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The route to Tolerase® G

Removing dietary and social barriers for the gluten sensitive

It is estimated that up to 10% of people are gluten sensitive to some degree, which can seriously inhibit participation in social situations involving food. DSM addressed this growing health issue by developing AN-PEP, a unique and brand-new dietary enzyme that makes it possible for many gluten-sensitive people to eat and drink outside the home without worry. 

The problem with proline

北京快3线路 www.4w1e.cn Intolerance to the protein gluten, which is primarily found in wheat, rye and barley grain, is expressed in different ways, but the main trigger is the same: specific gluten fragments that are exceptionally rich in proline amino acids. Gluten contains an unusually high amount of proline, which already makes the protein somewhat difficult to digest. And the proline-rich gluten fragments are even more challenging. If the body is incapable of digesting them properly, an undesirable physical reaction can occur.

Non-celiac gluten sensitivity

Disease versus sensitivity

The most severe reactions occur in the 1% of the population who suffer from celiac disease, a genetic autoimmune disorder that makes it impossible to safely consume any food that contains gluten. Those with non-celiac gluten sensitivity generally have milder reactions: this is the group the Tolerase G application is designed for. Tolerase G is not intended to replace a gluten-free diet and is not intended to treat or prevent celiac disease.

Extending the solution

DSM Scientist Luppo Edens identified the AN-PEP enzyme: "Gut health has been on DSM’s radar for a long time. We began screening many years ago for an enzyme that would specifically cleave proline-rich protein fragments, making it easier to break down food proteins that cause problems. We had first identified AN-PEP during milk protein allergy research, and realized we could extend the solution to gluten".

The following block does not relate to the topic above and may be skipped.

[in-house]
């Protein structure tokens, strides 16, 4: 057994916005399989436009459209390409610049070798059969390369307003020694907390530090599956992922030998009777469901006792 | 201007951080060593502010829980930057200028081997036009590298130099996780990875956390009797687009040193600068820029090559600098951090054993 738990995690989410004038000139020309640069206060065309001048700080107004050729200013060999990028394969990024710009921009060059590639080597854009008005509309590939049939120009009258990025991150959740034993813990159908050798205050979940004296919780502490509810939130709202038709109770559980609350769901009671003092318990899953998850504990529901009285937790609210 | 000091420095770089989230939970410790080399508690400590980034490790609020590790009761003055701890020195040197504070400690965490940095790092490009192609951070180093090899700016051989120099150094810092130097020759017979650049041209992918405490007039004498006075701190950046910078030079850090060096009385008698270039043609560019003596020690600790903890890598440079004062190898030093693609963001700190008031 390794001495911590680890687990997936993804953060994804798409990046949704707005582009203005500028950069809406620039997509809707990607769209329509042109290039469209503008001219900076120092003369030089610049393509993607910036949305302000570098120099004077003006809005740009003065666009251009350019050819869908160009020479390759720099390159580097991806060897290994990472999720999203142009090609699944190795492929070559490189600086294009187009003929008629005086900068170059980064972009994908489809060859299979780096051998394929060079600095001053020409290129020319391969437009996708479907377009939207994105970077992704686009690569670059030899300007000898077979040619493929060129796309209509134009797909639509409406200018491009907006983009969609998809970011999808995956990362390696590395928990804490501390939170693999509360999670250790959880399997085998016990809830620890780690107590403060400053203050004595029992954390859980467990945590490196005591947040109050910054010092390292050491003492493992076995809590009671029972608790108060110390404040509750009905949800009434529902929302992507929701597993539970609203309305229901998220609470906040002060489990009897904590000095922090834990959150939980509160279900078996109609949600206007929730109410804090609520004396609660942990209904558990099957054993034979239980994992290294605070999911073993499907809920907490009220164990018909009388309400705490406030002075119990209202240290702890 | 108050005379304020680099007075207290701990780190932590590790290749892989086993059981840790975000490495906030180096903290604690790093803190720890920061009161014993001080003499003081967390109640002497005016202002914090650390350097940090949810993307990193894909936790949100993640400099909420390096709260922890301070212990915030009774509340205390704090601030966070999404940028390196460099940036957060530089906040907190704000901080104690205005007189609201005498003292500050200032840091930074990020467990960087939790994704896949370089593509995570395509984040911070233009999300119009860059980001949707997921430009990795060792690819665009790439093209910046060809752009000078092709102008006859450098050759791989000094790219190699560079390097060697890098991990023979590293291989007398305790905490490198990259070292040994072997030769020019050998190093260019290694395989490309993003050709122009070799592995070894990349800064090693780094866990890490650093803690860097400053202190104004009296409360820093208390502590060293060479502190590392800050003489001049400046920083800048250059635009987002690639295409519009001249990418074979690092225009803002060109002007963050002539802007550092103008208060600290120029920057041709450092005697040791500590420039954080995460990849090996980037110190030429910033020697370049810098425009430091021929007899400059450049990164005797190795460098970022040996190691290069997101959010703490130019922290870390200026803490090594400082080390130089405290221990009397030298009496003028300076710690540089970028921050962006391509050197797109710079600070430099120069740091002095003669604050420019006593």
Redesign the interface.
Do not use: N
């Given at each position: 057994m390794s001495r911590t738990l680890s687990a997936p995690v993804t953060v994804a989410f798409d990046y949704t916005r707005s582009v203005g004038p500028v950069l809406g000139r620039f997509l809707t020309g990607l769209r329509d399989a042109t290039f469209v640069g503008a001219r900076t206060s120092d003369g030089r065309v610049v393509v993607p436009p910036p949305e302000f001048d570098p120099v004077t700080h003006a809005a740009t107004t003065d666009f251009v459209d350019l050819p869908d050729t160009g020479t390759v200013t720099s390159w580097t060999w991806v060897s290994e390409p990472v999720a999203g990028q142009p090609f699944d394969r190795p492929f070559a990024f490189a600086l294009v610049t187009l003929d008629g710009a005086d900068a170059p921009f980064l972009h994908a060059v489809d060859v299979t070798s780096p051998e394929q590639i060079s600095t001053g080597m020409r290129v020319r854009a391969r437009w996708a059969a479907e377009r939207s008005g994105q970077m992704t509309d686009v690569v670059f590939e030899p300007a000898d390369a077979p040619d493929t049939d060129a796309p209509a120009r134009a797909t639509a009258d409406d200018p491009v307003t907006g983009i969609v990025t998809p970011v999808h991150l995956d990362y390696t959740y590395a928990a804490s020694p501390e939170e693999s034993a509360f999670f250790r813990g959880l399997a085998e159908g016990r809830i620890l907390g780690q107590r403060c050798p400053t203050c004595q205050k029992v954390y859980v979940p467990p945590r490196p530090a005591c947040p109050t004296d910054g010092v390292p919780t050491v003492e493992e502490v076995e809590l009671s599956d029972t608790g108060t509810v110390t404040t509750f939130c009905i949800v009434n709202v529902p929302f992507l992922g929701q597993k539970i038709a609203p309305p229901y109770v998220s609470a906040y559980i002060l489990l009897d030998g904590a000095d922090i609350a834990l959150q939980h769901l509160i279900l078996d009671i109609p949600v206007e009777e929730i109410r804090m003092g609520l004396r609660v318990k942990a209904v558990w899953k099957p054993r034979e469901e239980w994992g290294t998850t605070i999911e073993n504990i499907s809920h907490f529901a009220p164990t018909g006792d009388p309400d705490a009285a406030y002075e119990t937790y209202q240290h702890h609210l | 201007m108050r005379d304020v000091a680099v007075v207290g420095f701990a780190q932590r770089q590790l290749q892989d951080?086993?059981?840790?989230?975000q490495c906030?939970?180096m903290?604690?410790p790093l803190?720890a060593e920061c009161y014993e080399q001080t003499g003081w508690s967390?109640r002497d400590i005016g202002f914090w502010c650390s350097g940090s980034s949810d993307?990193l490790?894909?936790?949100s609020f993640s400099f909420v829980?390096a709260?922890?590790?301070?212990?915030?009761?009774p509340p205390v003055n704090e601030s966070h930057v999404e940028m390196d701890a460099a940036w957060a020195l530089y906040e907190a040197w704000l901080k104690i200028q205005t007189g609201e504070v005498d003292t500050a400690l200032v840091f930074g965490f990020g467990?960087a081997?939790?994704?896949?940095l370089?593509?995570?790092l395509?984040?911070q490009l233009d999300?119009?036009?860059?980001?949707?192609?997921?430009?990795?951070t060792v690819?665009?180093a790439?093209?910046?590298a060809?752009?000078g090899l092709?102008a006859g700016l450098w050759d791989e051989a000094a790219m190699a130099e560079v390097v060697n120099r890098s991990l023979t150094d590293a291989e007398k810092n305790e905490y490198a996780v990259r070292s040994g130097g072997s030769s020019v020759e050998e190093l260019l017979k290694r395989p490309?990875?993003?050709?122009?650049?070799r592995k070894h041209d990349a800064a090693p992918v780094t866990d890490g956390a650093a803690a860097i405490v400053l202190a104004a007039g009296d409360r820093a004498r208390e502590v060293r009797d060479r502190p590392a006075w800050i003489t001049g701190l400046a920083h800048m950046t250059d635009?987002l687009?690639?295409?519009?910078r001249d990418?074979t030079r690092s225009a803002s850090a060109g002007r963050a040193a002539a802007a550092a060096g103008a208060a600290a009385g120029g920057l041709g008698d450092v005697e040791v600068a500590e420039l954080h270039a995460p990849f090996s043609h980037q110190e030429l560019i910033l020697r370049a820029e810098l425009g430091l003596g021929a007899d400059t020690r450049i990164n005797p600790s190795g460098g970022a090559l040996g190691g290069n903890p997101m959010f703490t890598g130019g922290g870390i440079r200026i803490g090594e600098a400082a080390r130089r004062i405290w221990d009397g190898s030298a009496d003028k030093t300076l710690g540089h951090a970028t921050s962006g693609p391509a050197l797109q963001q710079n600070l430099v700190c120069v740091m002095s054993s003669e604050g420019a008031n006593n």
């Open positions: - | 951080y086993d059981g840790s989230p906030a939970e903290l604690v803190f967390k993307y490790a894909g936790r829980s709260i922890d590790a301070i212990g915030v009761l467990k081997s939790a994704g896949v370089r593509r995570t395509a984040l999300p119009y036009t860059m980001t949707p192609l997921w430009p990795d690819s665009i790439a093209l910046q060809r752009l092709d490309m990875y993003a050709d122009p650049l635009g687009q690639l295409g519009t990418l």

Academic expertise

Years of research, development and testing were required to ensure safe and effective application of the enzyme. In this, DSM received indispensable support in an academic partnership with Professor Frits Koning – a renowned gluten and celiac disease expert at the University of Leiden. “The specialized knowledge, technology and techniques at his disposal were essential from beginning to end,” says Edens.

Safe for consumption

The first in vitro tests, which took place in 2006-2008, proved that AN-PEP could break down the problematic gluten fragments, including those in a typical hamburger meal. Subsequent in vivo studies demonstrated the safe character of the enzyme when consumed. This led to its first application in food products that contain gluten.

Oral application capable of degrading gluten in the stomach

Engineering new methods

The scientific efforts then focused on developing an oral application capable of actually degrading gluten in the stomach. The challenge in this was the traditional enzyme-drying process: this did not deliver marketable results in terms of yield, effectiveness and cost. DSM's Engineering Science specialists designed a process that did, and also provided a tablet formulation for customers who might prefer that over powder.

In vivo effectiveness

In 2013, Professor Ad Masclee from the University of Maastricht coordinated in vivo testing in which the action of the AN-PEP enzyme on a gluten-containing meal was directly measured in the stomach of healthy volunteers. By the time the meal reached the small intestine of those who had received the enzyme, almost all gluten had been degraded – unlike in those in the placebo control group.

Protective prophylactic

To date, AN-PEP is the only enzyme proven to be effective in digesting gluten in a human clinical study. Meanwhile, other in vitro studies comparing its effectiveness to five existing gluten digestive supplements confirmed AN-PEP’s superiority. In summer 2015, US manufacturers launched the first dietary supplements containing Tolerase G. The product acts as a prophylactic that enables gluten-sensitive people to consume small amounts of the protein without worries. Meanwhile, a new round of in vivo human clinical trials using gluten-sensitive volunteers finished at the end of 2015. “The final publication is still to take place,” says Human Studies Coordinator Maaike Bruins, “but the data indicates that the conclusions will help further support the evidence. I’m sure this innovative enzyme – whether used to create gluten-free products or as dietary supplement – has a valuable role to play in removing social barriers to those who are gluten sensitive.”

Registration process underway

Removing more barriers

Following its introduction in the US, Tolerase G has now been successfully registered for use in for Australia, New Zealand and the European Union making it available to more gluten-sensitive individuals looking for greater peace of mind while following a gluten-free diet.

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